Transport secretary Grant Shapps has further hinted that the government could repeal the ban on using agency workers during strikes in a scathing attack on unions’ demands yesterday (16 June).
Speaking at a train maintenance plant in London yesterday, Shapps said plans to stage a national strike on 21, 23 and 25 June were “a bid to derail reforms that are critical to the network’s future and designed to inflict damage at the worst possible time”.
“The last thing the railway should be doing right now is alienating passengers and freight customers with a long and damaging strike,” he added.
He claimed union bosses had driven rail staff to industrial action “under false pretences” and that striking could threaten jobs rather than protect them.
Shapps confirmed that the government would look at the “full range of options to stop the unions hurting the general public” in response to strikes, including repealing the ban on using agency workers to fill in for those on strike.
National rail strike
On pay, he said: “The median wage for rail workers is £44,000 and the median salary for train drivers is £59,000, with a fifth of drivers earning more than £70,000. But the average nurse earns around £31,000.”
“So rail pay rises can only be afforded in the long term alongside reform… We’re not asking railway workers to shoulder all the responsibility. We’re reducing the number of senior managers, and their pay.”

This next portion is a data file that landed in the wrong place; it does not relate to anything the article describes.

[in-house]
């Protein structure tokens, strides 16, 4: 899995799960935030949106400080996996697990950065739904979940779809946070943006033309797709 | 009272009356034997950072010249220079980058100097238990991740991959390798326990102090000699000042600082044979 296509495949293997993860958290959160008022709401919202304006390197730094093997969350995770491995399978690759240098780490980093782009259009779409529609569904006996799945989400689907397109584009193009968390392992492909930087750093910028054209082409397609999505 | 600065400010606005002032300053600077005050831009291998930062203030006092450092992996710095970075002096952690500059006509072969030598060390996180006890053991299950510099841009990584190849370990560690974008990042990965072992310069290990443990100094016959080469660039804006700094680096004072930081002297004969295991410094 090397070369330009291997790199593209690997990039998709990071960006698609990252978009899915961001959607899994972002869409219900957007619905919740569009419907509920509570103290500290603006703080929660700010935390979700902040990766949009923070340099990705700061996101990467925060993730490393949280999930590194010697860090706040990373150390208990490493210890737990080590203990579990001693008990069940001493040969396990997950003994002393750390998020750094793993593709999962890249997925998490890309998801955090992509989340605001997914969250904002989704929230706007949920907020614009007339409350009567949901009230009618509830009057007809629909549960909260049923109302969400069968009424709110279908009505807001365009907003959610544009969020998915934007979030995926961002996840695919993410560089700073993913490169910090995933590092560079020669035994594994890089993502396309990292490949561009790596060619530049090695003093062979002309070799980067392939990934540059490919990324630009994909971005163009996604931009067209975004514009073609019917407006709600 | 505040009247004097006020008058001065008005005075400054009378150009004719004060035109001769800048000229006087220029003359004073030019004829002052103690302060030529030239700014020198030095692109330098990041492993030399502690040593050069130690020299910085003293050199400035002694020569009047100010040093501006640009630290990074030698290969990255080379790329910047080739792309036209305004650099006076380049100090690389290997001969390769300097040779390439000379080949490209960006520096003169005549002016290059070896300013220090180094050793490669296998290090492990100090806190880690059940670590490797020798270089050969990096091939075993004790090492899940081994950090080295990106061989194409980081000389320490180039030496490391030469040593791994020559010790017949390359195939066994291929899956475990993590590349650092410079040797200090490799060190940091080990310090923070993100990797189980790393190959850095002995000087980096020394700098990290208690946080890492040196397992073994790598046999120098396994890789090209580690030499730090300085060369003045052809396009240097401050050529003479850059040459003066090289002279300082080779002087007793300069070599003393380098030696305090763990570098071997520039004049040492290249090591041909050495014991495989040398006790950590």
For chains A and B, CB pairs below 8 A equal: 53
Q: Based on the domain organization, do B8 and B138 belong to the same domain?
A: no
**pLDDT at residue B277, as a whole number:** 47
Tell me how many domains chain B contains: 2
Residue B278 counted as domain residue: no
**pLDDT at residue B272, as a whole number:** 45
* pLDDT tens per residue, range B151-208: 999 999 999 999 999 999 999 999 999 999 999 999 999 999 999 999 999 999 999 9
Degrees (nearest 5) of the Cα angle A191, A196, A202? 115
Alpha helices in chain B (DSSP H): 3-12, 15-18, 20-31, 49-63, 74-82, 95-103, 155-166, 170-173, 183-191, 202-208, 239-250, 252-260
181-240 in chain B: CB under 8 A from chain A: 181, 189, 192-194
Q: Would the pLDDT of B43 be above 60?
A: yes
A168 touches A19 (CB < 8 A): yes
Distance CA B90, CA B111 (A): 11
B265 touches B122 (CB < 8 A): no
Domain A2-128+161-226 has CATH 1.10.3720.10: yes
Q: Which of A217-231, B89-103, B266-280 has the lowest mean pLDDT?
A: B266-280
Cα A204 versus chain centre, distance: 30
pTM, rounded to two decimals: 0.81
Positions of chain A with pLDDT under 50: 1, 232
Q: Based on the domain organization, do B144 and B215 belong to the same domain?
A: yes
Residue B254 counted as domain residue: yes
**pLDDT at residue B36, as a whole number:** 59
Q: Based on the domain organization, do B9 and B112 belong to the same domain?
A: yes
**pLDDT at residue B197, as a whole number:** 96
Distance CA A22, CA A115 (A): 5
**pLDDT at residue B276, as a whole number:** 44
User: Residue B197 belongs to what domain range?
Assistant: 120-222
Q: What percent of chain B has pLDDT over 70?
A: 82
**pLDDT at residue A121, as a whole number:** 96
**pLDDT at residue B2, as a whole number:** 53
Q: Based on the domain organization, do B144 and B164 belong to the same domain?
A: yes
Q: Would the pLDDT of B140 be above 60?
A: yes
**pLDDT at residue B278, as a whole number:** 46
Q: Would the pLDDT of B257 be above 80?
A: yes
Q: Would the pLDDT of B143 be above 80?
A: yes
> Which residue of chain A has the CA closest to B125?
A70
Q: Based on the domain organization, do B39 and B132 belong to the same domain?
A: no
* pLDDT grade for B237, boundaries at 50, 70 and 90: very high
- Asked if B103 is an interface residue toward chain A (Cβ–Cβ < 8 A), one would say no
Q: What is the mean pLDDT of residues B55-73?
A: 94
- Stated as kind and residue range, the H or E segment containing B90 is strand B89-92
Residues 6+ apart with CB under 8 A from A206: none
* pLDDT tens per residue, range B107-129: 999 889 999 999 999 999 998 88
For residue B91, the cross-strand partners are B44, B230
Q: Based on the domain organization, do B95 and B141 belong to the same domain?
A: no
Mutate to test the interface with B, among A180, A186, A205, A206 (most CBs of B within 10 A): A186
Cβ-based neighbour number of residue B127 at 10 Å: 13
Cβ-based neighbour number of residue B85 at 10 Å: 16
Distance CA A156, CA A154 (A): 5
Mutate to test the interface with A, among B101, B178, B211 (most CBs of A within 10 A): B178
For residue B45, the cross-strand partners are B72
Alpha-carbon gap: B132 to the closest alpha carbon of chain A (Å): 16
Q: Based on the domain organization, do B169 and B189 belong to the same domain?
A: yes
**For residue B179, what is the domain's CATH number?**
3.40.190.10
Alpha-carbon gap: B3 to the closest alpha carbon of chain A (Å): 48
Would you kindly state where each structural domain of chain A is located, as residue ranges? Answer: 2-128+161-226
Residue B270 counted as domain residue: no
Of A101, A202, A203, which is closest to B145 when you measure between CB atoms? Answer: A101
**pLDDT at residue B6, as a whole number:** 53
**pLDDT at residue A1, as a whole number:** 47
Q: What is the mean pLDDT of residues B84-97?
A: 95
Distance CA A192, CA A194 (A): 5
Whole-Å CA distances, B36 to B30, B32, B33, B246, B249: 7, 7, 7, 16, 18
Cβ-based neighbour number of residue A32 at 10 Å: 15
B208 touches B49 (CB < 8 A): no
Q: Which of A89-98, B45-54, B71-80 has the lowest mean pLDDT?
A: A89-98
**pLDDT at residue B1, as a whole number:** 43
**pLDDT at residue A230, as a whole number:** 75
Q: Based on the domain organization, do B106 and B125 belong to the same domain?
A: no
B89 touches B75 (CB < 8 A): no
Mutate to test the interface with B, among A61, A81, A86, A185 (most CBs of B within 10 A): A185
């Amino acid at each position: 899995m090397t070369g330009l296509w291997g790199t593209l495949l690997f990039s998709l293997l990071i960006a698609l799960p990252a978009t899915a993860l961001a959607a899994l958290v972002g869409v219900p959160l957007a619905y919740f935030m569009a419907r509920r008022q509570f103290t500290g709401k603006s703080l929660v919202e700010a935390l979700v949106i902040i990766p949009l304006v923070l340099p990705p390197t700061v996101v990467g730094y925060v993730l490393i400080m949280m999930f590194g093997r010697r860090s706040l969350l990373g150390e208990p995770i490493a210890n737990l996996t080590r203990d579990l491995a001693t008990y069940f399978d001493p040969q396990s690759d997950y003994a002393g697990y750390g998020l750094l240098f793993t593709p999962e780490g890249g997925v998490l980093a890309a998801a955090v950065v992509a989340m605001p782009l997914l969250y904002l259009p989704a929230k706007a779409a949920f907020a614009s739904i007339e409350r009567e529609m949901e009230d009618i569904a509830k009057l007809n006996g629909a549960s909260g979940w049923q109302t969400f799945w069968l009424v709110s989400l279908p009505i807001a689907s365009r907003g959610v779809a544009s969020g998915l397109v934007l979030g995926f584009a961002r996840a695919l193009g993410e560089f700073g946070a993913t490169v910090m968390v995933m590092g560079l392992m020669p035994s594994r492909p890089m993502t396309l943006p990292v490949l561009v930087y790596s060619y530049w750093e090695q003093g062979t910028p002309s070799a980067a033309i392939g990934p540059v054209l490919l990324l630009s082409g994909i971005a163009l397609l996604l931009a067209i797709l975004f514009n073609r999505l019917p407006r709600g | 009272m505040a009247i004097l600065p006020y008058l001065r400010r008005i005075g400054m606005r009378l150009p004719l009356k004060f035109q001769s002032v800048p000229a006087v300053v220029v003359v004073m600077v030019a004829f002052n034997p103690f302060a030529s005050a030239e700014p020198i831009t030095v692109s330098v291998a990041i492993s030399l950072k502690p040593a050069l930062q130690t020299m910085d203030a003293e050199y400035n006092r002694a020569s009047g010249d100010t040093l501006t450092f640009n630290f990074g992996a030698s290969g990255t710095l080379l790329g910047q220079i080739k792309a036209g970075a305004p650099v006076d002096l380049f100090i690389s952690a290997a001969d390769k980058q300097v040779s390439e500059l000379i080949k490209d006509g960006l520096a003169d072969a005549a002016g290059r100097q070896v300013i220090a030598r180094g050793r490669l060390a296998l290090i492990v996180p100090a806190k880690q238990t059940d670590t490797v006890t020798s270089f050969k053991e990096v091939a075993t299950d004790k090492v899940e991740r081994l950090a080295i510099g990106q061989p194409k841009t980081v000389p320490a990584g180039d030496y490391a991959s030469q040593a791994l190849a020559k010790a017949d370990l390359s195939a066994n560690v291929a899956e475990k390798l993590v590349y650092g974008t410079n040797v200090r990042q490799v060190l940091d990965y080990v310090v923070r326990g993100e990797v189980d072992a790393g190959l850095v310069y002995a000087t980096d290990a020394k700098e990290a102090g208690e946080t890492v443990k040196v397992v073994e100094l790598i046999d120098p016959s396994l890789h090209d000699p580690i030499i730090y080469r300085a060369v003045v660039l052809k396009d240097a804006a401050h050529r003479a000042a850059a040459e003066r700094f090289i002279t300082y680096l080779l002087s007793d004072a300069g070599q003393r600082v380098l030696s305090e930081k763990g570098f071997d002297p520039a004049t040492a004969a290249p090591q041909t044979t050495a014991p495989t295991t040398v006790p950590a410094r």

Manuel Cortes, general secretary of the TSSA union, which represents many managers and desk-based staff in the sector, described Shapps’ threats as “mindless sabre rattling to the media”.
“What we heard from the transport secretary looked very much like threats and intimidation of workers instead of constructive dialogue,” he said.
“Bully boy tactics will not wash with our union when the truth is our members are fighting for their jobs, pay and for a safe railway fit for the future. The public needs to understand that it is the government which has set this country on the course of strike action.
“Shapps, Johnson and co are the obstacle to a settlement in these disputes, blocking rail companies from offering a deal.”
Members of the RMT, TSSA and Aslef have voted in favour of joining the national strike next week. Union leaders claim they have been subject to real-terms pay freezes since the pandemic and want reassurance that there will be no compulsory redundancies in 2022.
Around 40,000 staff from 13 train operating companies and Network Rail are expected to join the strike, while other strikes have been planned by Hull Trains (26 June) and drivers for Croydon Tramlink (28-29 June and 13-14 July).